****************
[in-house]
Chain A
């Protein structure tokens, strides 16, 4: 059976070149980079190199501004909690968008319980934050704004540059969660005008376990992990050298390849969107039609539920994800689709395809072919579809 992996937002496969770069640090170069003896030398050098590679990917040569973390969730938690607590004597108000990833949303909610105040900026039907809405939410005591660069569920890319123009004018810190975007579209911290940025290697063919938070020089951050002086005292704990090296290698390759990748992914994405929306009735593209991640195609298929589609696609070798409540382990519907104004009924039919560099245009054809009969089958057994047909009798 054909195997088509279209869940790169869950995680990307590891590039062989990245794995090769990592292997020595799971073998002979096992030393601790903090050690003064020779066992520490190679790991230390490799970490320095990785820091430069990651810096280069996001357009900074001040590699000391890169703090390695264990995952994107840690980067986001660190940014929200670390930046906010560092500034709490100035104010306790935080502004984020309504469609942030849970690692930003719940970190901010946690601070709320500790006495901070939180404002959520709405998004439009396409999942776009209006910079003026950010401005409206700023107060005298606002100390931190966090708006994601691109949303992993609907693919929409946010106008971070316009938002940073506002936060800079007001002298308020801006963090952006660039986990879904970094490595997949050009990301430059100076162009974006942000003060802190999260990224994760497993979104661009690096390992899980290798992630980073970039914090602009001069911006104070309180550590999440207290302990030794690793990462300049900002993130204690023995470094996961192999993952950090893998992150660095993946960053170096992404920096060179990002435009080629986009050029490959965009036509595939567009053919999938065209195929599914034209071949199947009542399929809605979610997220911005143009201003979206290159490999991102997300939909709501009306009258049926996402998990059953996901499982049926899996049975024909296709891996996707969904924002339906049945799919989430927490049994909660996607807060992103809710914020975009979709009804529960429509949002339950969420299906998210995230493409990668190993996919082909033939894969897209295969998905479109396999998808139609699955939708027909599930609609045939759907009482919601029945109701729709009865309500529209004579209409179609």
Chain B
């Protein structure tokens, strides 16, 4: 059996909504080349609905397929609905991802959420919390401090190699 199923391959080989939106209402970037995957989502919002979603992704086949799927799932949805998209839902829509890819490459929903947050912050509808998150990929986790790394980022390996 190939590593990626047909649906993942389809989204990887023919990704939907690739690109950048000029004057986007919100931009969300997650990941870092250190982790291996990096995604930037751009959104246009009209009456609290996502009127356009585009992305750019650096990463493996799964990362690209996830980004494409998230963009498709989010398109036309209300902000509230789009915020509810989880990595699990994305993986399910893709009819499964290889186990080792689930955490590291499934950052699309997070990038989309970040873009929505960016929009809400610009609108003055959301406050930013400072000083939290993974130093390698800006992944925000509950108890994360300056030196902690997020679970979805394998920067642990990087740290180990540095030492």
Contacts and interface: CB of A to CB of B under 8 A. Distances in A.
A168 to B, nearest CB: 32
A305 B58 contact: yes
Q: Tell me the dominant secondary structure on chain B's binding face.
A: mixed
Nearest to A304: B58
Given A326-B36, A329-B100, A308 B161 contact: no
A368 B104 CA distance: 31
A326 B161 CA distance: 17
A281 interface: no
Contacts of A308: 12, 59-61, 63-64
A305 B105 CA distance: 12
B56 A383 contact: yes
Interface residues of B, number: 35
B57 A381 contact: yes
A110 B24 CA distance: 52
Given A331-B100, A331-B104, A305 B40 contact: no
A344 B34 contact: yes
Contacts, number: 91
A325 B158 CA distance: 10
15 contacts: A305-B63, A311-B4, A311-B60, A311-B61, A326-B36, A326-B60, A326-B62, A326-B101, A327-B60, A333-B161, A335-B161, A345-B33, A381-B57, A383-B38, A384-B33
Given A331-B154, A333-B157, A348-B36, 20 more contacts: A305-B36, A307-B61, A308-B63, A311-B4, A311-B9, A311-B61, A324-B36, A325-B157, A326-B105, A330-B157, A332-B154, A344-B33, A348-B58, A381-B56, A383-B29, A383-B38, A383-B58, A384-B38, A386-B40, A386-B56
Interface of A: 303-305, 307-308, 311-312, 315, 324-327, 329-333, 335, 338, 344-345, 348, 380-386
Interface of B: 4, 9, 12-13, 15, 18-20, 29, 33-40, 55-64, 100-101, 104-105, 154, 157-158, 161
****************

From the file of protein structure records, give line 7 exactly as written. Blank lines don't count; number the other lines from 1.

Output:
A168 to B, nearest CB: 32